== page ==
The current method of making up large diameter threaded connections is a hazardous process at best, involving several pieces of large, cumbersome equipment and several personnel working on the rig floor. There are safety hazards with the use of a rope for spinning pipe and in the handling and manipulation of both manual and powered tongs.

Thus, there is a need for a system and method of making up, or breaking out, large diameter threaded conductor casing which reduce the potential for injury to the operator and equipment and to create a more cost effective, efficient operation. The present invention is directed to a system and method which addresses this need for running large diameter threaded casings and/or piles. The invention also has application in the make-up or break-out of large diameter threaded tubulars in the horizontal mode, such as the laying of new pipeline.

SUMMARY OF THE INVENTION

In one embodiment of the invention, an apparatus for making up large diameter conductor casing having threaded connections is provided which comprises a lower chain vise adapted to grip a first joint of conductor casing to prevent rotation thereof, a plurality of moveable arms operable to apply a retaining force to a second joint of conductor casing to maintain a second joint of conductor casing in rotational contact with one or more drive wheels on a spinner means. The spinner means is operable to rotationally make-up a threaded connection for connecting the second joint of conductor casing to the first joint of conductor casing to an initial make-up torque. The apparatus also includes an upper chain vise adapted to grip the second joint of conductor casing and operable to apply a final make-up torque to the threaded connection connecting the second joint of conductor casing to the first joint of conductor casing. In one embodiment, the upper chain vise includes a pair of chains latchable together to grip the second joint of conductor casing, wherein the end of one of the chains is attached to a chain tensioner cylinder operable to tension the chains and the other end is attached to an anchor means. Similarly, the lower chain vise includes a pair of chains latchable together to grip the first joint of conductor casing wherein the end of one of the chains is attached to a chain tensioner cylinder that is operable to tension the chains and the other end is attached to an anchor means. A wrenching cylinder may connect the upper and lower chain vises wherein operation of the wrenching cylinder transmits the final makeup torque to the upper chain vise. The upper chain vise and lower chain vise may include one or more die blocks for gripping the conductor casing. A drive arm cylinder may be used to actuate the movable arms. Preferably, the chain tensioner, wrenching, and drive arm cylinders, as well as the drive unit for the drive wheels, are hydraulically actuated.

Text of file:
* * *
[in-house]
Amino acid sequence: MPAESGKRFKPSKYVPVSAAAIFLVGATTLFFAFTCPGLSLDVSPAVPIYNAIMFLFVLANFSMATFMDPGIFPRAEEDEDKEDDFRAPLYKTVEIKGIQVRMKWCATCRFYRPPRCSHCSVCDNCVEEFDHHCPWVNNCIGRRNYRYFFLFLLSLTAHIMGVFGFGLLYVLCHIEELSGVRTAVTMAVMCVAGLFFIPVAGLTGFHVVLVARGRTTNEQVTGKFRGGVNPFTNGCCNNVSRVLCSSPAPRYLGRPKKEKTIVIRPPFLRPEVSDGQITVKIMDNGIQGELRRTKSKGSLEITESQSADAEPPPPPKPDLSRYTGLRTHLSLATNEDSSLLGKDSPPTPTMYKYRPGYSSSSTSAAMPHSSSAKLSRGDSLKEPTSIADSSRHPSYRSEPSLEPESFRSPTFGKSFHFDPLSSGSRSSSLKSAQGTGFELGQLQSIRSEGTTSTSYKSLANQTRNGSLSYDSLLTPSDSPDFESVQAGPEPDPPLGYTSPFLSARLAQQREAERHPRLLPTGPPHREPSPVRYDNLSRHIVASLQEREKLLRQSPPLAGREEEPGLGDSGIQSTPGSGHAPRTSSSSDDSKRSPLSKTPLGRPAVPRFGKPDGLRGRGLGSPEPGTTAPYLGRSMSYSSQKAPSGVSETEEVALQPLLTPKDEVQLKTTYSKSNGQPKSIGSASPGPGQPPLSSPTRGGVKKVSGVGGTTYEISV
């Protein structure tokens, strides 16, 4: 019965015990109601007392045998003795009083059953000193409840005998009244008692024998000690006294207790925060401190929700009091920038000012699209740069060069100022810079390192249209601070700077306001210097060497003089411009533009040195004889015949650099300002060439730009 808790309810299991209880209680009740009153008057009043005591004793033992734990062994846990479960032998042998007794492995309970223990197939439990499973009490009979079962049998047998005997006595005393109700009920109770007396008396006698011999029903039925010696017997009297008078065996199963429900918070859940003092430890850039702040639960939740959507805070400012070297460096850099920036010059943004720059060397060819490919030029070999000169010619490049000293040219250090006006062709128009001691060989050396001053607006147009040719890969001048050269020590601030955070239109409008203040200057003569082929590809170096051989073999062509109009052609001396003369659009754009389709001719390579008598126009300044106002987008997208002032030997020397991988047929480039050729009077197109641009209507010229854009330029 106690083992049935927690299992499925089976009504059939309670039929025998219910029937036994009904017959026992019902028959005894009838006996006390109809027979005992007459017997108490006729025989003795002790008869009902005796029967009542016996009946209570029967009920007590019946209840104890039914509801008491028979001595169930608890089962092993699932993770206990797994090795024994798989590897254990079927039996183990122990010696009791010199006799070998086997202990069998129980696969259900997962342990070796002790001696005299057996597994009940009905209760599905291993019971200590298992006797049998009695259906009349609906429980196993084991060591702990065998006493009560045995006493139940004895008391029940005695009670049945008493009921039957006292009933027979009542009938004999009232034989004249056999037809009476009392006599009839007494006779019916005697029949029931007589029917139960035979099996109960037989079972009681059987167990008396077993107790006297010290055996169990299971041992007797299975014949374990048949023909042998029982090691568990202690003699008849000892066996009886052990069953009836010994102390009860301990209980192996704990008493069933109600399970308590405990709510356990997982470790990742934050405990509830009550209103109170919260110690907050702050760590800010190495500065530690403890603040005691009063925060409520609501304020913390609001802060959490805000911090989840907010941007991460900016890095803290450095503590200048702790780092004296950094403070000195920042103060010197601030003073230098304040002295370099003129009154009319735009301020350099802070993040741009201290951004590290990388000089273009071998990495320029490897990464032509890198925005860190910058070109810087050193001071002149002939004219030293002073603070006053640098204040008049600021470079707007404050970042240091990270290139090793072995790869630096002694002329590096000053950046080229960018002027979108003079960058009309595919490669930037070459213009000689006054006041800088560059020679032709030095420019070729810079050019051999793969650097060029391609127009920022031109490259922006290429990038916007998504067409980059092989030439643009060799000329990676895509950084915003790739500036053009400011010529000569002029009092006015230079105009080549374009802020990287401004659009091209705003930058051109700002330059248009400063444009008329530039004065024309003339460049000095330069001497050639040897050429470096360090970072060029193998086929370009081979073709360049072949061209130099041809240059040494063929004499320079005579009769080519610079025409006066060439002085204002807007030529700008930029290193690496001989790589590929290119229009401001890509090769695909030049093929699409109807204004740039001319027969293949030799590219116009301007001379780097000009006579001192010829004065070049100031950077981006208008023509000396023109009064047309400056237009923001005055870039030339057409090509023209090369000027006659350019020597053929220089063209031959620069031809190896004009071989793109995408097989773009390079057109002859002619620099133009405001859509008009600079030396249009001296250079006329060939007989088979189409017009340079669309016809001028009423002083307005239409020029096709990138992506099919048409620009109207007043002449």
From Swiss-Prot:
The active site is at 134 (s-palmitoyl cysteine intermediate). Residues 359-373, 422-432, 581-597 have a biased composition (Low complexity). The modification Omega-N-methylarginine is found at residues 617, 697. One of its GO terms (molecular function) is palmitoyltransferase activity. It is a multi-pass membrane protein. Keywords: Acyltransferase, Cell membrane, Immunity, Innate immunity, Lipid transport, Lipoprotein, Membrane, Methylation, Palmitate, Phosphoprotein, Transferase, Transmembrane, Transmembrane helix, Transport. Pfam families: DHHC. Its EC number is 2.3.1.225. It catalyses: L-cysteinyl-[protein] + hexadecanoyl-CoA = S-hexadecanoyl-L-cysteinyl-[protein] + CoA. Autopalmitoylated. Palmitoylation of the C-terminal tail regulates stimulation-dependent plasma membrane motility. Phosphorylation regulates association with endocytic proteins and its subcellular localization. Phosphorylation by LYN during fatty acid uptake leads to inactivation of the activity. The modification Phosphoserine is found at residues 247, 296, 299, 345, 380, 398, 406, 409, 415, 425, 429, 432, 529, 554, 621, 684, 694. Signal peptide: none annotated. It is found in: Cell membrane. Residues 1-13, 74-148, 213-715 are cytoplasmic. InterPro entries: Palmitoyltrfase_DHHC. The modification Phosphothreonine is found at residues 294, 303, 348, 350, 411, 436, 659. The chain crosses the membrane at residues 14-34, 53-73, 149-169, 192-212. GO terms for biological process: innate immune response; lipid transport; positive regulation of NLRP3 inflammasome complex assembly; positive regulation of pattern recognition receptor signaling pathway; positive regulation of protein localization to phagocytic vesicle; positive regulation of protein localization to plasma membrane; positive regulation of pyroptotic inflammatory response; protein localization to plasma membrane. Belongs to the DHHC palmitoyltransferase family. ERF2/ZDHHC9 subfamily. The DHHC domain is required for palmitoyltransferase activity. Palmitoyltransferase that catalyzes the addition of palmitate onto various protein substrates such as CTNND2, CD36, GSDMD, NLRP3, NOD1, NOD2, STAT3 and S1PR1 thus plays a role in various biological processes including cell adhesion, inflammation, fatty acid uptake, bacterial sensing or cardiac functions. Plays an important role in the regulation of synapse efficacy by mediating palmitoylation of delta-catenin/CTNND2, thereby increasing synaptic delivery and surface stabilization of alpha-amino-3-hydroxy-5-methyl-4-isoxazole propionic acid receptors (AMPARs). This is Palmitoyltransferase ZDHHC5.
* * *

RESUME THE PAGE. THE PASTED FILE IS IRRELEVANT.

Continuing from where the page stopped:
Another embodiment of the apparatus includes pivotable support arms for supporting the pair of chains for the upper chain vise, wherein the support arms are movable between a first position where the chains may be latched together and a second position where the chains may be released from the second joint of conductor casing. Similarly, the pair of chains for the lower chain vise may be supported by pivotable support arms, wherein the support arms are moveable between a first position where the chains may be latched together and a second position where the chains are released from the first joint of conductor casing. The apparatus may have one or more movable arms operable to apply a retaining force to the second joint of pipe to maintain the second joint of pipe in rotational contact with the drive wheels of the spinner means.